Why did Aussie investors get a 9% dividend cut from CSL (ASX:CSL)?

Aussie investors may be feeling a bit perplexed after it was announced that they’d be getting a 9% dividend cut from CSL Limited (ASX:CSL).

| More on:
Reduced dividends, falling dividends, falling stock, downward trend

Image source: Getty Images

CSL Limited (ASX: CSL) announced its FY21 half-year result to the market today. In the result was a 9% dividend cut for Aussie investors.

Why did CSL cut the dividend for Aussies?

To understand what happened, it’s important to note that CSL reports its result in US dollars. It also makes a lot of its revenue and profit in US currency too.

So, bearing that in mind, some investors may have been surprised to see that in Australian dollar currency terms, the interim dividend that CSL declared represented a 9% cut to approximately $1.34 per share.

However, in US dollar terms, the interim dividend was actually increased by the CSL board by 9% to US$1.09 per share. A year ago the Australian dollar with worth around US$0.67 and now it’s worth around US$0.78.

What was the rest of the CSL result like?

CSL reported that it delivered a strong first half result with reported net profit after tax (NPAT) growth of 44% to US$1.8 billion. Earnings per share (EPS) also grew by 44% to US$3.98.

The large healthcare business said that there was solid growth of its core immunoglobulin portfolio. It also said there was a successful transition to its own distribution model in China, this helped albumin sales grow by 93%. This new distribution model is expected to help improve CSL’s participation in the value chain as well as improving its sales, marketing and distribution network.

CSL also said that there was exceptionally strong growth by the vaccine division, Seqirus. This was achieved by growth in seasonal influenza vaccines, driven by record demand and the ongoing shift to Seqirus’ differentiated product portfolio.

New manufacturing facility

During the six month period, CSL announced that it would be building a new biotech manufacturing facility in Australia to manufacture influenza vaccines for countries around the world.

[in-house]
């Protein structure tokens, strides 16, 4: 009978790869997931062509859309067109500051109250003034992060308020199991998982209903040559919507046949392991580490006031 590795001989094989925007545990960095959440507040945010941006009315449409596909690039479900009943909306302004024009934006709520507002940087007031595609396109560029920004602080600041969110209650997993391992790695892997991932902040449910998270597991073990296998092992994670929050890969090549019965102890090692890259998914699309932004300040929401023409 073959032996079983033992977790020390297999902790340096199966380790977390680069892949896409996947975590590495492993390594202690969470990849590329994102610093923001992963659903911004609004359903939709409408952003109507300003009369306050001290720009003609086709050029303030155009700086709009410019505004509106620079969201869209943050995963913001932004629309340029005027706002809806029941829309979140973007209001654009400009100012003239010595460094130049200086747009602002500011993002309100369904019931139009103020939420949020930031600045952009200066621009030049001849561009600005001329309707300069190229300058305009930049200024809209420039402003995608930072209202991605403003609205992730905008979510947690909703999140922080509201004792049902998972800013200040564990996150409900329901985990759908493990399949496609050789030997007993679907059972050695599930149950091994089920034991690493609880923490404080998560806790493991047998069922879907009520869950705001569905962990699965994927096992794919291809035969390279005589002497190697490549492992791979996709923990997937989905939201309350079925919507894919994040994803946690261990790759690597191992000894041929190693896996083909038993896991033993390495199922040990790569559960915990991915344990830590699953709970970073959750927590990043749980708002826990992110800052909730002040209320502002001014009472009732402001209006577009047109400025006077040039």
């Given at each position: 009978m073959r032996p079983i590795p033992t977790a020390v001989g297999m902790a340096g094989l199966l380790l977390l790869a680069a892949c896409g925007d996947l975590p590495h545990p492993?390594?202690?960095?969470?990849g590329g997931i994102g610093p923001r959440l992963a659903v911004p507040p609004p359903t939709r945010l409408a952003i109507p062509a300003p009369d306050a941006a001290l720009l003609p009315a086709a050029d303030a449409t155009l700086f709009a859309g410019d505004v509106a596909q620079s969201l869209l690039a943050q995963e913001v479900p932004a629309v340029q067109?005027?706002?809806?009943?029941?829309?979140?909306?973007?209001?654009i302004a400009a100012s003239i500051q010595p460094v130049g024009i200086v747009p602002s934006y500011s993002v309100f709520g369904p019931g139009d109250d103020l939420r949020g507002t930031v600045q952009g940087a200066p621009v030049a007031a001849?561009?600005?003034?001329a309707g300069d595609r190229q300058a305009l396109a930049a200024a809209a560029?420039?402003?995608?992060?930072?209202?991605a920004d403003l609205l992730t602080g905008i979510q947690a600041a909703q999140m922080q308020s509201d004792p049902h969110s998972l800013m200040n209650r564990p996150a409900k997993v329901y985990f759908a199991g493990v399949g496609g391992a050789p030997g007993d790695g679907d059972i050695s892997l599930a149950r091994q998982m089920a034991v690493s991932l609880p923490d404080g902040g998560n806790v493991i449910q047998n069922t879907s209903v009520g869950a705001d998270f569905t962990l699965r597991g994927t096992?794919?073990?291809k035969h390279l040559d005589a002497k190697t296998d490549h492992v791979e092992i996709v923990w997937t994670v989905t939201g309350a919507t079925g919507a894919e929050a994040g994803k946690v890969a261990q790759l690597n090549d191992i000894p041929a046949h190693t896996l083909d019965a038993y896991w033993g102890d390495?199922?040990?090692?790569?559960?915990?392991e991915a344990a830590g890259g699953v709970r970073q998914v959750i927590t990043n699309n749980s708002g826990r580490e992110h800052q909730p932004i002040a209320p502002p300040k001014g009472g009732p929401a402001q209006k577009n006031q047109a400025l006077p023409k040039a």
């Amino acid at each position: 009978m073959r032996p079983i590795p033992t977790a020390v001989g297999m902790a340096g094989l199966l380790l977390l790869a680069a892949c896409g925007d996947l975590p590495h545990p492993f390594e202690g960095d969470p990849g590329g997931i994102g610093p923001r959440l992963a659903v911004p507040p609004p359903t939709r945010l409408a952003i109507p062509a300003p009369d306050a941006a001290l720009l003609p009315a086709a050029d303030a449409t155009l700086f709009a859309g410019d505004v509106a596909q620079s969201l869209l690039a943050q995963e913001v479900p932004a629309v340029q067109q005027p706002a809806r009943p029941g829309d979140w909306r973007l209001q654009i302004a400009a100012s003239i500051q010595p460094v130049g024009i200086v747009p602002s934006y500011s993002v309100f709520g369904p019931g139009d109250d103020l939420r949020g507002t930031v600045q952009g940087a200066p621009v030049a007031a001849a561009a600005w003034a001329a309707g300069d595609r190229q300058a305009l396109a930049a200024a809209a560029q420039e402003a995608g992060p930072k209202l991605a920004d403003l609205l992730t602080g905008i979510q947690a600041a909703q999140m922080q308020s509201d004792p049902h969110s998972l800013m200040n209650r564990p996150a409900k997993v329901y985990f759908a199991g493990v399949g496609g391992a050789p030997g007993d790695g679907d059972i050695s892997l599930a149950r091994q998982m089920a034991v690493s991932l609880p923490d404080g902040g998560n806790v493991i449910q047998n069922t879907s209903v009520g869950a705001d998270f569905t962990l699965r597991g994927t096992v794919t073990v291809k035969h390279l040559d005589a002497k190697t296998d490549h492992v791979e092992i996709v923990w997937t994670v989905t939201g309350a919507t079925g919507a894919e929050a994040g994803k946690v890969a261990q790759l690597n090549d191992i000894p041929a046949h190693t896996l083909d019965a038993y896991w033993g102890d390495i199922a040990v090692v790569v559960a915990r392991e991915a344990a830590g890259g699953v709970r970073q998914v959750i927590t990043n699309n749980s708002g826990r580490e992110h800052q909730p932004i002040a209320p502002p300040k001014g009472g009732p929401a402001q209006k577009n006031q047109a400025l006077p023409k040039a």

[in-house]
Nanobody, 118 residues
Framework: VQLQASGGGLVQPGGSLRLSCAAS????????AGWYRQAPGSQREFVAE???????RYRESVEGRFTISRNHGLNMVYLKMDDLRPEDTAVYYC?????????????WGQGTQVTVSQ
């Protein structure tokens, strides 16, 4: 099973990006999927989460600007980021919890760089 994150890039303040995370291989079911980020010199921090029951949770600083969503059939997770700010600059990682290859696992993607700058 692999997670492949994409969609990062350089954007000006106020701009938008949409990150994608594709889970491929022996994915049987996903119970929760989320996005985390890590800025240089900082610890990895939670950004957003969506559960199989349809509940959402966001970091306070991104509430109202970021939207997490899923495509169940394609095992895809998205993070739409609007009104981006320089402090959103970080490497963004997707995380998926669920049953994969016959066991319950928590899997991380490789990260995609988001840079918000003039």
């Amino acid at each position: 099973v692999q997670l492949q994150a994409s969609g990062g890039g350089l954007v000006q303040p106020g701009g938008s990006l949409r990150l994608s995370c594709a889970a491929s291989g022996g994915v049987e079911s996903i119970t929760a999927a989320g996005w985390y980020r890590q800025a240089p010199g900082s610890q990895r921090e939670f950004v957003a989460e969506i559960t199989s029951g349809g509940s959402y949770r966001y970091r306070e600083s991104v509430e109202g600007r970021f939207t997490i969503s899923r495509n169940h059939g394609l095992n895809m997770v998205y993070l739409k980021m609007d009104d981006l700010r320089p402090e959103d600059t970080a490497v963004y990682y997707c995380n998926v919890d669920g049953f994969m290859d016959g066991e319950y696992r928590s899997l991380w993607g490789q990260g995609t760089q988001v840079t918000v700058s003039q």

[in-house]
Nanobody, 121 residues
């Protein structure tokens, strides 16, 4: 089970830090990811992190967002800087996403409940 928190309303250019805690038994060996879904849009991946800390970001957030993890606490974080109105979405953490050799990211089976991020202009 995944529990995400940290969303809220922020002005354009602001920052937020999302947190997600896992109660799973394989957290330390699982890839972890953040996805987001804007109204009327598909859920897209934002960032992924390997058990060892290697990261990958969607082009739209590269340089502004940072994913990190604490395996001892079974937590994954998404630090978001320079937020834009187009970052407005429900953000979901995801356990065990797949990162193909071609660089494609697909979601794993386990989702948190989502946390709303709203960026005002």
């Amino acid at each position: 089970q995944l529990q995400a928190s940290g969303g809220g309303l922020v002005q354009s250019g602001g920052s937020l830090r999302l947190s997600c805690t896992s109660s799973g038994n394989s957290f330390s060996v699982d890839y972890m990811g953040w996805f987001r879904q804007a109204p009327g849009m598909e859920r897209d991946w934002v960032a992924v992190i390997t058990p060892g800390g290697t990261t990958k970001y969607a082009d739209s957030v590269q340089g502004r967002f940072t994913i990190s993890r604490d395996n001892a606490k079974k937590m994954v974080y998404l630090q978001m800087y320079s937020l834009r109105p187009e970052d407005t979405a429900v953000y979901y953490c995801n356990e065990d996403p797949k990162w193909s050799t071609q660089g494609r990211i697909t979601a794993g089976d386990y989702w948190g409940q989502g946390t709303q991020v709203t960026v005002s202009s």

This facility will use cell-based technology to produce influenza vaccines for use in both influenza pandemics and seasonal vaccination programs. It will be the only cell-based influenza vaccine facility in the southern hemisphere.

Expectations for the rest of the year

CSL CEO and managing director Paul Perreault said:

Demand for CSL’s core plasma, and influenza vaccine products remains robust. Seqirus is performing well as strong demand for influenza vaccines together with our differentiated products portfolio will see it deliver another strong profitable year. Consistent with the seasonal nature of the business we anticipate, however, a loss in the second half of the year.

CSL’s net profit after tax for FY21 is anticipated to be in the range of approximately US$2.17 billion to US$2.265 billion at constant currency, representing growth over FY20 of up to 8%.

Wondering where you should invest $1,000 right now?

When investing expert Scott Phillips has a stock tip, it can pay to listen. After all, the flagship Motley Fool Share Advisor newsletter he has run for more than eight years has provided thousands of paying members with stock picks that have doubled, tripled or even more.*

Scott just revealed what he believes could be the five best ASX stocks for investors to buy right now. These stocks are trading at near dirt-cheap prices and Scott thinks they could be great buys right now.

*Returns as of August 16th 2021

Tristan Harrison has no position in any of the stocks mentioned. The Motley Fool Australia's parent company Motley Fool Holdings Inc. owns shares of CSL Ltd. The Motley Fool Australia has no position in any of the stocks mentioned. The Motley Fool has a disclosure policy. This article contains general investment advice only (under AFSL 400691). Authorised by Bruce Jackson.

More on Share Market News